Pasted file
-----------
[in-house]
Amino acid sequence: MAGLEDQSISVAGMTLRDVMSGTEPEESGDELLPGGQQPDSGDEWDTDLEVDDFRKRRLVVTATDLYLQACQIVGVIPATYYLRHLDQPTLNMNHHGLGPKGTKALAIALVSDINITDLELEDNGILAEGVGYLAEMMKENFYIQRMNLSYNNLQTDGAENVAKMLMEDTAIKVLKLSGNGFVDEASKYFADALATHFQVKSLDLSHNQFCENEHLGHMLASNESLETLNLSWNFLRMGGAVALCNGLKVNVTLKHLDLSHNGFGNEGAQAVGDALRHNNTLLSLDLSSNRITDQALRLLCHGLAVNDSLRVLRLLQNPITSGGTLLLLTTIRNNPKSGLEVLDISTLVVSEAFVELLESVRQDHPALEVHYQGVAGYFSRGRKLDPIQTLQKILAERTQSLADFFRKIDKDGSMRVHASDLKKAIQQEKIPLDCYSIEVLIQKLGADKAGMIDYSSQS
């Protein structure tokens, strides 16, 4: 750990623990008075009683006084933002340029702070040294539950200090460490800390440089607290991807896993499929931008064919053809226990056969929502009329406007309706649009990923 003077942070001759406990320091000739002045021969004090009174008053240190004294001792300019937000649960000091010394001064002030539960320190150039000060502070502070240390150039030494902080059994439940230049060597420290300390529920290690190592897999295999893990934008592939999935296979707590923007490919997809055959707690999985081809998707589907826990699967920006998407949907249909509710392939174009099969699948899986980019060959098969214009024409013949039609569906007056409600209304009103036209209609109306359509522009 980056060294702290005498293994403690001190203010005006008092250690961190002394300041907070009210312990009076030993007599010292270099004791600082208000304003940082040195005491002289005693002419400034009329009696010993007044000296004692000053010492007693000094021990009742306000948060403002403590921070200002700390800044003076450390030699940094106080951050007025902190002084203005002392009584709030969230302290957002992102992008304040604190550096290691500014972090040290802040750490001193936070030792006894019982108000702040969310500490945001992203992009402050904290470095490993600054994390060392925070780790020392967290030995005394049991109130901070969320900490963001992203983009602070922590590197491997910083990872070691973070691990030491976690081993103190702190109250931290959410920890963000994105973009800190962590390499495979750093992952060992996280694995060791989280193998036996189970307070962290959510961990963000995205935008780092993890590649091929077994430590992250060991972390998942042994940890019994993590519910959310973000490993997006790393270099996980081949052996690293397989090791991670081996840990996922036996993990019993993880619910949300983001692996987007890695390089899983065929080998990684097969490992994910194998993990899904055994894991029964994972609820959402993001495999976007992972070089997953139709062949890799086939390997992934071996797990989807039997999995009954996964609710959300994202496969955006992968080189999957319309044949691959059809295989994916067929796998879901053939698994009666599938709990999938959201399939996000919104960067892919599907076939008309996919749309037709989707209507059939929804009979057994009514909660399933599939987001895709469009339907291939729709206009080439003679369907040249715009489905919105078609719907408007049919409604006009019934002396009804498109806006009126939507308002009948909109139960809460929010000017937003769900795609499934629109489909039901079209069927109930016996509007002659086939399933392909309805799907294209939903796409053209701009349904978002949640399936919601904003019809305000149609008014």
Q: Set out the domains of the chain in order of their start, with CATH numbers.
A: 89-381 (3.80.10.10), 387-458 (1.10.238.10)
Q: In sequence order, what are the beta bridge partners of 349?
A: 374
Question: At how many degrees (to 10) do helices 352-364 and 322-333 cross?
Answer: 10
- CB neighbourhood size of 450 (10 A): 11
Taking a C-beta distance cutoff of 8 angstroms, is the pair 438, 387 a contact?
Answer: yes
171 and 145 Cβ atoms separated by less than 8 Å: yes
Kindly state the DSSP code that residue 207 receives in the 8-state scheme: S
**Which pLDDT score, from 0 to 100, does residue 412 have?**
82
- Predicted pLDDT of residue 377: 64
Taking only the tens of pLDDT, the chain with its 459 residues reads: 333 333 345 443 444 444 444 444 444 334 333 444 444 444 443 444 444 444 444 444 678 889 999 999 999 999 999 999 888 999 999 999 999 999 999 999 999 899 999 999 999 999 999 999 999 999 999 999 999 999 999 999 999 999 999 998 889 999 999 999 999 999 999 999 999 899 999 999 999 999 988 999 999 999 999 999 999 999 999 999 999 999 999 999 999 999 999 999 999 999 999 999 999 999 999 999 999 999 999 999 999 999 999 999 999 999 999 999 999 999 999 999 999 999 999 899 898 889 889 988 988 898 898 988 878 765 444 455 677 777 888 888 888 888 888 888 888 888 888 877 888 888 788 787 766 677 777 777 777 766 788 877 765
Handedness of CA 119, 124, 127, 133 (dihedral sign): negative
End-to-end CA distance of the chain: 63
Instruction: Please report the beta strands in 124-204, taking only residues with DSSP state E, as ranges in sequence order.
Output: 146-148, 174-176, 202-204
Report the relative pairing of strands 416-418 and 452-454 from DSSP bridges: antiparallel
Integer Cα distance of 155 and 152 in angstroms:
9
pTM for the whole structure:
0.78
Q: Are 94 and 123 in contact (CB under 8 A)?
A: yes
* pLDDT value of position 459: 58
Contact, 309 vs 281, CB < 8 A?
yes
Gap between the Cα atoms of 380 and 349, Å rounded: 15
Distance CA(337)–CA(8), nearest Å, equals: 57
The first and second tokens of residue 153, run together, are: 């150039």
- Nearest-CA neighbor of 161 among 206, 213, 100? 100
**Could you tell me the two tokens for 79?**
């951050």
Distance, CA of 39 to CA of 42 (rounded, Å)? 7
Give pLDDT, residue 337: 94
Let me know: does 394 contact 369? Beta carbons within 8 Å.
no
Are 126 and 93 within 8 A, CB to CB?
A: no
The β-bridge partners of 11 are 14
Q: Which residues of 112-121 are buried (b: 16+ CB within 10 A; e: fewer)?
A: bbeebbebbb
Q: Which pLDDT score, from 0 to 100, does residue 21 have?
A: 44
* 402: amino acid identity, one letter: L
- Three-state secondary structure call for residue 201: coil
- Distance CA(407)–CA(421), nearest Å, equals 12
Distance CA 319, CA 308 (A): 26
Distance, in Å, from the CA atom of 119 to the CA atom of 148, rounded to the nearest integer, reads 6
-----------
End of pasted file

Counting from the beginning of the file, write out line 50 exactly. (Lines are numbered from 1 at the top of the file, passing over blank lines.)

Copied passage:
* 402: amino acid identity, one letter: L